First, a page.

The whole question of art and autobiography surfaces in the Cohen-echoing 'Pseudonym (the refrain "Everybody knows" no coincidence) as the narrator declares "so not to betray my next of kin afraid what they'd say about what I've exposed/I chose to assume a nom de plume" but that "I wrote what I wrote not to blame or unburden/Or for vindication, but to open the curtain and let the light in". And, in riposte to those who accuse writers of letting the skeletons out of the family closet to make money, she pointedly declares "they're a goldmine and also a landmine, yes, but they're mine".

A similar notion of the blurring between personal fiction and personal fact in the cause of creativity informs 'The Trouble With The Truth', about writing a song about a philandering unfaithful lover that is, in fact, about the hurt and loss betrayal brings whereby she sings "I just want to describe things/Like the color of his shirt left on the back of my chair but how do you describe a shade without comparing it to something/Like the sky, forget me nots" or about creating a drawing with one colour for criminals and one for saints - "that's all I want to say about love".

'Fellow Traveler' returns to childhood memories and a theme of coming of age in an almost fairytale-like story of a young girl learning the wisdom of life and of self-discovery ("He showed me everything I never knew I wanted is true") from the kindness of a traveller on the riverbank ("Later I would say that day was when I learned to talk/Because in my mother's house I was afraid to speak at all") before he moves on, but leaves her knowing "that once I grew I'd leave my mother's house behind/And I knew that once I grew I could leave".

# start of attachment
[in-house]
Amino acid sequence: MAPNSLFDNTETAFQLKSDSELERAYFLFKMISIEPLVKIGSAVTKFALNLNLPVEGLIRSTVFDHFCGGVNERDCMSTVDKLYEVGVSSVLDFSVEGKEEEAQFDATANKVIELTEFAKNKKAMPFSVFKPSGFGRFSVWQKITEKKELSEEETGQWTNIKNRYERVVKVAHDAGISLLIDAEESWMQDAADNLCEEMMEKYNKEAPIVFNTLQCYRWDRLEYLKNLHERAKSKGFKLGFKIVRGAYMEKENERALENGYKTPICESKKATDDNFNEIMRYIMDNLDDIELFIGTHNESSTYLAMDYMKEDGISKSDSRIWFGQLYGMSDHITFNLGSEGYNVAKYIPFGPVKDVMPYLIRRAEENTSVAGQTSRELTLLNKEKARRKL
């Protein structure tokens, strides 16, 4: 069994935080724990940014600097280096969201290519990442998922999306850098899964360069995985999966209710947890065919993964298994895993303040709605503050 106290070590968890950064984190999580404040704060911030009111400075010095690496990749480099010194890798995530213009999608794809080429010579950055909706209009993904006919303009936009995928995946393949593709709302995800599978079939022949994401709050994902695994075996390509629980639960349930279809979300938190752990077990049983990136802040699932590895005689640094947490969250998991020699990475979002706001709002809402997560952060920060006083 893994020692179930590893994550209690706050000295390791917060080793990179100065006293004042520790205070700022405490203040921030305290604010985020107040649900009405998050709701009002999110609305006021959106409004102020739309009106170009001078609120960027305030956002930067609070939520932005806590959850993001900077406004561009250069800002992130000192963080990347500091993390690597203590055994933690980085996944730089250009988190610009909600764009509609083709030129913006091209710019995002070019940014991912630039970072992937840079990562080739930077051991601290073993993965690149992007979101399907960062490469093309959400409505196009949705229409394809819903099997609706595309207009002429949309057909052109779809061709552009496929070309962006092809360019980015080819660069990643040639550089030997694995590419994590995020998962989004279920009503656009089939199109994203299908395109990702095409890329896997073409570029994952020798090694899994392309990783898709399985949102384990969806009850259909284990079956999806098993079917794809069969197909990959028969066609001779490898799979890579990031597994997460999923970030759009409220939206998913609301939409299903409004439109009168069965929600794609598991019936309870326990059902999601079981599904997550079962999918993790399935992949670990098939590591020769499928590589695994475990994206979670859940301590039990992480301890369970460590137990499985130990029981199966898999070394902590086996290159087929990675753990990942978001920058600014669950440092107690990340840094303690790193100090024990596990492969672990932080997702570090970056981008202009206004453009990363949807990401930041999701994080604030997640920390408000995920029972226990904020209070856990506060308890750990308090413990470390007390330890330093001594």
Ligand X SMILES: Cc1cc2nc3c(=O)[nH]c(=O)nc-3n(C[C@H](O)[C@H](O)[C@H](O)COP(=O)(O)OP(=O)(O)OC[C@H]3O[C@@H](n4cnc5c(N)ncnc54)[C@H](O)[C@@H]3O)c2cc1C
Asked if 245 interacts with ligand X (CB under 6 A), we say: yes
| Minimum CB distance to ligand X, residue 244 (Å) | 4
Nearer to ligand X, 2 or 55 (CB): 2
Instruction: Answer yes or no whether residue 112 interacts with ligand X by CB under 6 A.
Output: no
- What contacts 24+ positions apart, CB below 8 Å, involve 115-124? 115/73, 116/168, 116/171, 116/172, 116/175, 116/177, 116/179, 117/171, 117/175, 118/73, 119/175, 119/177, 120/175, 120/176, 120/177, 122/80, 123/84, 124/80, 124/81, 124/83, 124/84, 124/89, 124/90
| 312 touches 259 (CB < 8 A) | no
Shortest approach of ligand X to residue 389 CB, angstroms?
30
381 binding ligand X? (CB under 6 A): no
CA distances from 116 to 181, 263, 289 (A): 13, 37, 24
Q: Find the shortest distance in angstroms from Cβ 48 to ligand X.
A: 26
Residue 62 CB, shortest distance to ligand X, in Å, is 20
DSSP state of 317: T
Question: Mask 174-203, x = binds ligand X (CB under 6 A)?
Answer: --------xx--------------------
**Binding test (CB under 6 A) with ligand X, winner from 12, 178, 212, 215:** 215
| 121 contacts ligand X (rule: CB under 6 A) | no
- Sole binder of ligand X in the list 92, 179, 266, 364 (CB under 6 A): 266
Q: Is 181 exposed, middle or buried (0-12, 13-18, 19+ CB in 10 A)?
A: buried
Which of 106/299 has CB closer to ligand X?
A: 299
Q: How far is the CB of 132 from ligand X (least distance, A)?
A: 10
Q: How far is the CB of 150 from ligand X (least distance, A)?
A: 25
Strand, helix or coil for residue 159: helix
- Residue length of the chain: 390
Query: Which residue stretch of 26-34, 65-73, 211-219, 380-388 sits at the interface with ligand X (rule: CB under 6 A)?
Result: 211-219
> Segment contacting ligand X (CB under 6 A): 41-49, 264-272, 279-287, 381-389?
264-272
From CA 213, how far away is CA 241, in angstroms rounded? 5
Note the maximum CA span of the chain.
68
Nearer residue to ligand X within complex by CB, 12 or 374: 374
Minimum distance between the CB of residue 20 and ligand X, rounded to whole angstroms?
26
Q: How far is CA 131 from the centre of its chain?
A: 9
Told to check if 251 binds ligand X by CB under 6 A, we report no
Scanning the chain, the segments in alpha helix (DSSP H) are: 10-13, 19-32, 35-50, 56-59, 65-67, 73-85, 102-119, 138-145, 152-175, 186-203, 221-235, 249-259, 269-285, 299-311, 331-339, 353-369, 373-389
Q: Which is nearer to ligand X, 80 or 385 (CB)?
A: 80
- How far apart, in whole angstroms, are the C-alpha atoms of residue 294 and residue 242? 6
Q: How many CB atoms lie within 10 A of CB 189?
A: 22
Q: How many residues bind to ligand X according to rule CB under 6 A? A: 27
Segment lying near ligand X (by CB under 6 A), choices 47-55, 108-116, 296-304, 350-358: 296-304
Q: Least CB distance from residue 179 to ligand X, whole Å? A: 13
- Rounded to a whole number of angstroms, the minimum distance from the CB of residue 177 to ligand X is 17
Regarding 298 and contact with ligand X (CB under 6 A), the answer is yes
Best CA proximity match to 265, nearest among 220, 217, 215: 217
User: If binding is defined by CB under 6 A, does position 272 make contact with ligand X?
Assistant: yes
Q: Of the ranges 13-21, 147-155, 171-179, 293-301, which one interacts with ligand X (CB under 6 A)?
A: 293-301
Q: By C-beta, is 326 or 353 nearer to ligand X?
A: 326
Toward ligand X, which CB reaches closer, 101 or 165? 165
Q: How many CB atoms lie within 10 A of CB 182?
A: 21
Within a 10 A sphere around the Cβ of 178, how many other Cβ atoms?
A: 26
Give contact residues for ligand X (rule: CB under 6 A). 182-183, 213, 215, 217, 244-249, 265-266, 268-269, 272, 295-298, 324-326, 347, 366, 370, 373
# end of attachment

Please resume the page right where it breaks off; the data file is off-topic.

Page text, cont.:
Another echo of Janis Ian, 'East 10th Street' again returns to the past, specifically 1950 New York and the emergence of the avant-garde art movement in reaction to the Eruopeanm Modernists who dominated the museums and the complacent long-established galleries. A vibrant artistic moment centred around the titular Manhattan neighbourhood, it was populated by such names as Angelo Ippolito (who, with Lois Dodds, turned an empty storefront into the artist-run Tanager gallery), Jasper Johns and the abstract expressionists Willem and Elaine de Kooning, and remained the epicentre of thew New York art scene for 50 years.

And from painting to a different art form with the hushedly sung 'Sculptures Of Women', although this isn't about art but rather a man who "makes sculptures of women/From tree trunks with a chainsaw…Their breasts are like bowling balls, breasts are like basketballs/Their breasts are like metaphors", a song veined with both loneliness but also an unsettling sexual disquietude about the frequent depiction of women in art as the narrator confesses "I feel scarred and raw as if carved with a chainsaw".

Given the title of the album it takes its time actually getting round to a song about an author, but the penultimate number is 'Annie Proulx', the American novelist who wrote The Shipping Forcast and Brokeback Mountain, the nervy melody reflecting "all those words words words words words" and how she "knows exactly how to tear you in two", as the song comes round, again, to the point of how great art throws up a mirror to ourselves ("yeah, that was our story all along").

Having started out in Maine, accompanied on electric piano, the album ends in 'California', albeit only to draw a contrast between the calm of Maine where "Back here, it's so quiet, silence is a thing you could break with a hammer or a whimper and the tide goes out until the ocean's a lake" and how "When the tide goes out in California they build houses on the sand/Then when it floods back in, washes them away, next day they build them all again/And call it creating jobs".

It ends with a conundrum as, having talked of how everyone's gone off to the new California gold rush, she asks "if I'm a stranger with a secret/And there's no one to be a stranger to/No one to keep a secret from/What does that make me?"

I'd say an exceptional singer and songwriter.

Mike Davies